Observing from a Quiet Mind – Krishnamurti

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Dear Friends,

This following text of Krishnamurti is a chapter from one of my favorite books of his:This Light In Oneself

The selections in this book present the core of Krishnamurti’s teaching on meditation, taken from discussions with small groups, as well as from public talks to large audiences. His main theme is the essential need to look inward, to know ourselves, in order really to understand our own—and the world’s—conflicts. We are the world, says Krishnamurti, and it is our individual chaos that creates social disorder. He offers timeless insights into the source of true freedom and wisdom.

Observing from a Quiet Mind

To discover what it means to love, mustn’t one be free of possession, attachment, jealousy, anger, hatred, anxiety, fear? Free of attachment—let’s take that for the moment. When you are attached, what are you attached to? Suppose one is attached to a table, what does that attachment imply? Pleasure, a sense of possession, appreciation of the utility of it, the feeling that it is a marvelous table, and so on, and so on.

When a human being is attached to another, what is going on? When someone is attached to you, what is the feeling of the other who is attached to you? In that attachment there is pride of possession, a sense of domination, fear of losing that person, therefore jealousy, and therefore greater attachment, greater possessiveness, anxiety.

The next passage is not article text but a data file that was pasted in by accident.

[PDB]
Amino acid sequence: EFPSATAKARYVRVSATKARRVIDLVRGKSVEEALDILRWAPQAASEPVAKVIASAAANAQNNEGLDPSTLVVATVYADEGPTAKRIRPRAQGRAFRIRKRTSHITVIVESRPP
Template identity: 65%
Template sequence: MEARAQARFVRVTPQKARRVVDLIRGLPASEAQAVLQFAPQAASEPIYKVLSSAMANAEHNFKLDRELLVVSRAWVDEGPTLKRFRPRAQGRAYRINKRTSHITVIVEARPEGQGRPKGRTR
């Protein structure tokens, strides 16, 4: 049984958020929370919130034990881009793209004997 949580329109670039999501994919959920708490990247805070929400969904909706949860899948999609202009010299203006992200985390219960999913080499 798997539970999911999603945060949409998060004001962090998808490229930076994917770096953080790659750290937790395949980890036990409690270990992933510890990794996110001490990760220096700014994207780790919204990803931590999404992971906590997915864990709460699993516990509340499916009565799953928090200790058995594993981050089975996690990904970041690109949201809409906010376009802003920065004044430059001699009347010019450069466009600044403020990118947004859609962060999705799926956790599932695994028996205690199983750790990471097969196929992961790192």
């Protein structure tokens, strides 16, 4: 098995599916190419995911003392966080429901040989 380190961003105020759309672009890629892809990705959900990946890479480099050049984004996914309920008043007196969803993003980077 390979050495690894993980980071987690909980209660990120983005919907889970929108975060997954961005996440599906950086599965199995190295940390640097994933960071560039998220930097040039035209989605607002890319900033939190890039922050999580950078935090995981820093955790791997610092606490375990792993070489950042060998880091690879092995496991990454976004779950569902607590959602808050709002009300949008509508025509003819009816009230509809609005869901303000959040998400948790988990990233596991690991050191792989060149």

Now, if there is no attachment, does it mean no love, no responsibility? For most of us love means this terrible conflict between human beings, and so relationship becomes a perpetual anxiety. You know all this, I don’t have to tell you. And that, we call love. And to escape from this terrible strain of what we call love, we have all kinds of entertainment—from television to religion. We quarrel and go off to church, or to the temple, and come back and begin again. This is going on all the time.

Can a man or woman be free of all this, or is that impossible? If it is not possible, then our life is a perpetual state of anxiety, and from that all kinds of neurotic attitudes, beliefs, actions, take place. Is it possible to be free of attachment? That implies a great deal. Is it possible for a human being to be free of attachment and yet feel responsible?